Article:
Do you think my art is publishable?

This question is the hardest and requires direct and sincere answers. The fact is – not everyone who wants to be an artist has the talent to get there-be objective and proceed with caution. Ask yourself if your work is unique and original or is simply an interpretation of the hottest trend so it will sell because right now everyone wants that look?

Have you had professional instruction? Learning from professional artists is worth every dollar spent. These people have their experience to share and will teach and instruct in styles and techniques that you may have no experience with yourself; benefit from the knowledge of others. I have had many people tell me they are self-taught and display this as a badge of honor but what publishers really want is someone with a firm grasp in techniques and execution – skills taught in the classes and workshops.

How can I get noticed?

And finally we come to social networking – one of my favorite subjects. This subject cannot be understated – it is truly essential and imperative that you do this…daily.

Take advantage of sites such as Facebook, Twitter, Stumbleupon, Google, Orkut, Digg, Delicious, Kaboodle and many many others. When you upload a new poster or add products to your Etsy site or Zazzle site tell people about. The best art in the world will never be found unless consumers and art lovers are allowed to see it through the art of social networking.

Start a blog and upload your work; share your inspiration for the piece and medium and price. Blogger offers a very easy, intuitive free blog site. The more sites you post on the more your name will show up in search engine marketing and the better chance you have of being discovered.

Creating art is like using your muscles – you must create continually. Be inspired by others, learn from others and build upon your experience to become a brand on all your own.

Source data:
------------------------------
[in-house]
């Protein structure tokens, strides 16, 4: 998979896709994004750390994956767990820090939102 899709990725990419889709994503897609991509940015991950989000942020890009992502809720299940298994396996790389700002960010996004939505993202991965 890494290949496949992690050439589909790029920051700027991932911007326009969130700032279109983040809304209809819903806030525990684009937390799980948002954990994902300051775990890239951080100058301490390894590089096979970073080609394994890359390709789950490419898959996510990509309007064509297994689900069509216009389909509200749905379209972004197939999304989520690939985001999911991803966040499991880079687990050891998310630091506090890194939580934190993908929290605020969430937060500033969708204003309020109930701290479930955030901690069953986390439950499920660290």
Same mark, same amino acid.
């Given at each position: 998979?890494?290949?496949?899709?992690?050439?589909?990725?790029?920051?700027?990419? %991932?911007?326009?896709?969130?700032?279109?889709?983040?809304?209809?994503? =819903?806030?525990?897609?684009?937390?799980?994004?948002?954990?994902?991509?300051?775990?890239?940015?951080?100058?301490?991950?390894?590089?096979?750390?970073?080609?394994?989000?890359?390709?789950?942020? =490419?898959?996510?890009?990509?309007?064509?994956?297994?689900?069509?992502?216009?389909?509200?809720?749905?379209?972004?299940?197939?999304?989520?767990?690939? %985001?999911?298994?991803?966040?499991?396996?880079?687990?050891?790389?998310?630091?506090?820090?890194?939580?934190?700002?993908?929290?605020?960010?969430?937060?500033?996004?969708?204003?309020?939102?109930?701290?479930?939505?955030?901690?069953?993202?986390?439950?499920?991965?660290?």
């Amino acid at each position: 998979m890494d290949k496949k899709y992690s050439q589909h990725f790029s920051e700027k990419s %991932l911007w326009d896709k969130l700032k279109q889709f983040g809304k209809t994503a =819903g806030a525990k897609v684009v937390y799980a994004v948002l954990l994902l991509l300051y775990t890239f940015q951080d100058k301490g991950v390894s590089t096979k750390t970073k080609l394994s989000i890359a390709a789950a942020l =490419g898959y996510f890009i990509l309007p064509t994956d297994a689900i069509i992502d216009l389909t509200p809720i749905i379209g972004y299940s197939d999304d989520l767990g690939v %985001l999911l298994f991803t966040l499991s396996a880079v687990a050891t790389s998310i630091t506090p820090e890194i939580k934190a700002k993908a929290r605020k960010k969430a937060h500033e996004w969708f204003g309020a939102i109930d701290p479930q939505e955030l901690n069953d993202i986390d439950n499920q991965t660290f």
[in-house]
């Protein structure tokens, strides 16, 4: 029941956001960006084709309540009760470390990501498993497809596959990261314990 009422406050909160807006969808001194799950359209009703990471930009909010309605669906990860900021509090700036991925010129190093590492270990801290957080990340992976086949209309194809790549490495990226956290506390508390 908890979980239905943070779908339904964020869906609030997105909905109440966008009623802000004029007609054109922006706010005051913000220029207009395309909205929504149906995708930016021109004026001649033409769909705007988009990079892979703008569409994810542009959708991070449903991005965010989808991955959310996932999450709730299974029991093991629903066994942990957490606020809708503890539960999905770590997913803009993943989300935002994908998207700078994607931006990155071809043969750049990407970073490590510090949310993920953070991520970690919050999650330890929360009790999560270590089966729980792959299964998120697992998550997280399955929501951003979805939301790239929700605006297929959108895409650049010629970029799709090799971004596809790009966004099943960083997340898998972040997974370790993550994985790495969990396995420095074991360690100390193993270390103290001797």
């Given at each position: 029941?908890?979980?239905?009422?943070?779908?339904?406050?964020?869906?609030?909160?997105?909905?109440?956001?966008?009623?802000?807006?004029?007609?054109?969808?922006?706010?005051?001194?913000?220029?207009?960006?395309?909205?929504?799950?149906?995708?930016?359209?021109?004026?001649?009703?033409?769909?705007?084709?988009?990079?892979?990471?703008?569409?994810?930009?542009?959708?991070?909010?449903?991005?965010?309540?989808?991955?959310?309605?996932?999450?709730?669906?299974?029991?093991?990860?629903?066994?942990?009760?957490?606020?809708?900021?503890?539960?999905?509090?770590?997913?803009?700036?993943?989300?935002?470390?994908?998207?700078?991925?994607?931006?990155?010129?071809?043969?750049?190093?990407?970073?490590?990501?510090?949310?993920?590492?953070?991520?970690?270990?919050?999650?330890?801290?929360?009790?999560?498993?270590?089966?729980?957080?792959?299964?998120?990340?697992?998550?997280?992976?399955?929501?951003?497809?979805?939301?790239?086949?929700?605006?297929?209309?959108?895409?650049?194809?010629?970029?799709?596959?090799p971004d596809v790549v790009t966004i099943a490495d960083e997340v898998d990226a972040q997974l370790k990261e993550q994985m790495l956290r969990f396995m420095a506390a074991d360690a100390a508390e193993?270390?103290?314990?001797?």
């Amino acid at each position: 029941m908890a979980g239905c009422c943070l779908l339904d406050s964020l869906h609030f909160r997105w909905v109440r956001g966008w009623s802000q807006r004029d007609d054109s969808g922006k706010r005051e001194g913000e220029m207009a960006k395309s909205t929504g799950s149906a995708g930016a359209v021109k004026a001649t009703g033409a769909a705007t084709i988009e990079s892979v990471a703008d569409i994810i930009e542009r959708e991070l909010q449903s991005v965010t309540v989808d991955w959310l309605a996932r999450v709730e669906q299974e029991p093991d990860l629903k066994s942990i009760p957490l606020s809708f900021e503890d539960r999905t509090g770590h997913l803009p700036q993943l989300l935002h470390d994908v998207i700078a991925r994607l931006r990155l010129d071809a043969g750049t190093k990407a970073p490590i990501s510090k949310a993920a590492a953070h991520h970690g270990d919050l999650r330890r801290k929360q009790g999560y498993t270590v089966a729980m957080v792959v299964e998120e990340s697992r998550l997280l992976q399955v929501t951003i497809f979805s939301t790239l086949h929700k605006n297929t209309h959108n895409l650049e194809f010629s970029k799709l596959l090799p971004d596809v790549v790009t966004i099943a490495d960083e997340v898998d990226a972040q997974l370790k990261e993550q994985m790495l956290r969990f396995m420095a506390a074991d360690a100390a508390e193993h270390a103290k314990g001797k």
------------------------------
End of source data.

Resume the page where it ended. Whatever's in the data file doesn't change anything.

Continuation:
© 2011 Jan Weiss

Artist Bio – Jan Weiss

Jan Weiss, a northern California native is a freelance writer and artist specializing in home decor. With a strong background in art publishing and art trends, Jan shares this knowledge with the trade as well as individual artists.

Weiss has just completed her first eBook for artists, titled: The Coexistence of Art and Money; interested buyers can find this book as well as her art through several on-line galleries such as Artist Rising, Image Kind and Etsy.  Jan’s style is a mixed of collage, digital creations and abstract landscapes that will appeal to the hospitality buyer. She lives with her husband, cat and dog in the Bay Area and enjoys organic gardening, cooking, reading and making stuff.

You can find Jan at
www.theartplanet.com
www.etsy.co

 

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Best of the web | February 2011 | Don’t miss these

Be Happy – The meaning of life

This little video is just gorgeous – Nothing more to say!

Have you ever wondered about Art Licensing?

Artist Tara Reed has a great blog where she has a LOT of information about the ins and outs of art Licensing. This post What’s Your Art Licensing Story? where artists share their own stories about how and why they started in the art licensing world is particularly useful.

Facebook Promotions: What You Need to Know

If you admin a Facebook page about your art it used to be extremely easy to fall foul of Facebook’s promotion rules. They have relaxed a lot in the last few months but its a good idea to know exactly what you can do rather than run the risk of getting your page banned. This page by Facebook queen Mari Smith explains the ins and outs of Facebook promotion

What does the near future of the gallery system look like?

Brian Sherwin {who knows a lot about galleries} talks about what the future holds and why the news is good for self representing artists.

You Can’t Do That: Galleries, Agencies, and Online Art Sales

“If you really want to be in control of your art sales, if you really want to control your life and your career and your time – you need to take the time to make your online presence as good as possible”.

A great post about taking control by The Abundant Artist